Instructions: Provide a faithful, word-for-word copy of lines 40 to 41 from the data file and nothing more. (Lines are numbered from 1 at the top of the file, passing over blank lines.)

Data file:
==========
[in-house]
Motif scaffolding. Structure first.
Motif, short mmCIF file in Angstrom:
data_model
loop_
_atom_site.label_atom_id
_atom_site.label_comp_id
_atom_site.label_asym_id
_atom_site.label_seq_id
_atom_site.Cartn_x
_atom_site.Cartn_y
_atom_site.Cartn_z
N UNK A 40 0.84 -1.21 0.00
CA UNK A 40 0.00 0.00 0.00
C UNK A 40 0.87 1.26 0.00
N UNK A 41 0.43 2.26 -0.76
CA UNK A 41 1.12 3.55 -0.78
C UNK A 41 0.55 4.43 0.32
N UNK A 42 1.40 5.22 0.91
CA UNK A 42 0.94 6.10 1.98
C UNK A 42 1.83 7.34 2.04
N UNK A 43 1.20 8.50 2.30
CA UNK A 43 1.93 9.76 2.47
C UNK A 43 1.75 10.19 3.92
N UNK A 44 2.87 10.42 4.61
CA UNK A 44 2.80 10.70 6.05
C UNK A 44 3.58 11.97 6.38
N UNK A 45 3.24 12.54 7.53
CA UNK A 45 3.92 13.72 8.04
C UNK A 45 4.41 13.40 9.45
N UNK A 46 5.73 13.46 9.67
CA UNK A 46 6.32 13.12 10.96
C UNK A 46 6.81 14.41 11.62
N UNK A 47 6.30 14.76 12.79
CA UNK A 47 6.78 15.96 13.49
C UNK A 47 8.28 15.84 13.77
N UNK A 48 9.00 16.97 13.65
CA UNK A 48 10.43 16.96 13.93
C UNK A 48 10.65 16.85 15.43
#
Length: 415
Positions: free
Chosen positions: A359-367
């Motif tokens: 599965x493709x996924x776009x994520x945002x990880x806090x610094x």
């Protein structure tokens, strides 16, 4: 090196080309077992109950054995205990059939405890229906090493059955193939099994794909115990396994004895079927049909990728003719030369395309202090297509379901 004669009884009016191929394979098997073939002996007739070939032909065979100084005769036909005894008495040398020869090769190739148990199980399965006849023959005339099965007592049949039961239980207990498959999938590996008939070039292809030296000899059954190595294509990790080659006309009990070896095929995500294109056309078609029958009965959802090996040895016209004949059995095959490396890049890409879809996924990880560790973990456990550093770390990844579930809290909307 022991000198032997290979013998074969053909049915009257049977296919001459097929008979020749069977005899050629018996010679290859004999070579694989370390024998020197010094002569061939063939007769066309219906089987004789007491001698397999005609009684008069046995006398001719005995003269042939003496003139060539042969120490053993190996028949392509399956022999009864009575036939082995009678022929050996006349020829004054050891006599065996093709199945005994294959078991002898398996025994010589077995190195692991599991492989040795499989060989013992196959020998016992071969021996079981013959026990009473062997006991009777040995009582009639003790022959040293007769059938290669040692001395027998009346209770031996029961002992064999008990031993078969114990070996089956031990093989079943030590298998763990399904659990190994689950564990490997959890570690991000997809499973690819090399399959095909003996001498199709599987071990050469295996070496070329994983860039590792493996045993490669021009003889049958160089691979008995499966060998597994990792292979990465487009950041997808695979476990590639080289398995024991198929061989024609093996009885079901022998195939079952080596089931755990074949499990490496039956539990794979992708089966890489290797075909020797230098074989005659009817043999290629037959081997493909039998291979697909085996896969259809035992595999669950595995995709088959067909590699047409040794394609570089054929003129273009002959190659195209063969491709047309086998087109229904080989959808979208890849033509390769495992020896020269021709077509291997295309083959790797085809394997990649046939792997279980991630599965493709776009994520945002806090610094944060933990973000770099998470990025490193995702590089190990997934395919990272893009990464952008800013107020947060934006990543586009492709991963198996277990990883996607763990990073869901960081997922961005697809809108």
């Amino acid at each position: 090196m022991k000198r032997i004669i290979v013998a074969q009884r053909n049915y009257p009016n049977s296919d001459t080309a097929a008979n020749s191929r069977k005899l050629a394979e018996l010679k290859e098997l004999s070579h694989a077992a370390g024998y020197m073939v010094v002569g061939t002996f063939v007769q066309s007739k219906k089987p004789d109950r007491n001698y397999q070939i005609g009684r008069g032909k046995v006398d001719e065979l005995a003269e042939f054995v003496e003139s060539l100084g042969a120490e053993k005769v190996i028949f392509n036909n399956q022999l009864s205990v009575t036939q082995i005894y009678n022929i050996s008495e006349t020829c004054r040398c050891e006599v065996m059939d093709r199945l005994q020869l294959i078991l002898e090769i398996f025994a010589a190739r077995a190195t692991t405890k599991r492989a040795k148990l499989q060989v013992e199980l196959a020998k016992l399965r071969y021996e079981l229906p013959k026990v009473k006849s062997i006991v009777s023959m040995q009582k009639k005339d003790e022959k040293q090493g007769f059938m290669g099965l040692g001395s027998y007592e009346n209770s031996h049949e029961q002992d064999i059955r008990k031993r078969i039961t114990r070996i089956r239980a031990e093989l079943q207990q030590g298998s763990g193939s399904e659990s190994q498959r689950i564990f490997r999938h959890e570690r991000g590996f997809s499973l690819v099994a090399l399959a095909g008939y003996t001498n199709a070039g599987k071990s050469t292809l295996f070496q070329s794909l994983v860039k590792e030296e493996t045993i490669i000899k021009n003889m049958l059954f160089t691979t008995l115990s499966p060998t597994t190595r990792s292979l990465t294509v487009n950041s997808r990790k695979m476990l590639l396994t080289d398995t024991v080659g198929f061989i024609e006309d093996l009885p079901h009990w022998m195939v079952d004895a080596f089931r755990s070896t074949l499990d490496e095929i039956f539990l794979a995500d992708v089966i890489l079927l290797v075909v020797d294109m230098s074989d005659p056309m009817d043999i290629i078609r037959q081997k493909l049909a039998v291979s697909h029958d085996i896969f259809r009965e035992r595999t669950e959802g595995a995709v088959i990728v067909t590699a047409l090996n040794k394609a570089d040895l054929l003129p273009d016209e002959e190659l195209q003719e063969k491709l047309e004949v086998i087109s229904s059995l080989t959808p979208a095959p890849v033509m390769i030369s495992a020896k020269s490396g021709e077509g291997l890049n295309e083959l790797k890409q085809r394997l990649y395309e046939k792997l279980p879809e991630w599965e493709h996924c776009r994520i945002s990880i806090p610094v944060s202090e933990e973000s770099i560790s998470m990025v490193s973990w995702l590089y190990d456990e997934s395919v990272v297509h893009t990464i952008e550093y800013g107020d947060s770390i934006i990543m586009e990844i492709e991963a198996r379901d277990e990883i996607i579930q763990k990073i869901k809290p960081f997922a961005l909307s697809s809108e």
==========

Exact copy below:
#
Length: 415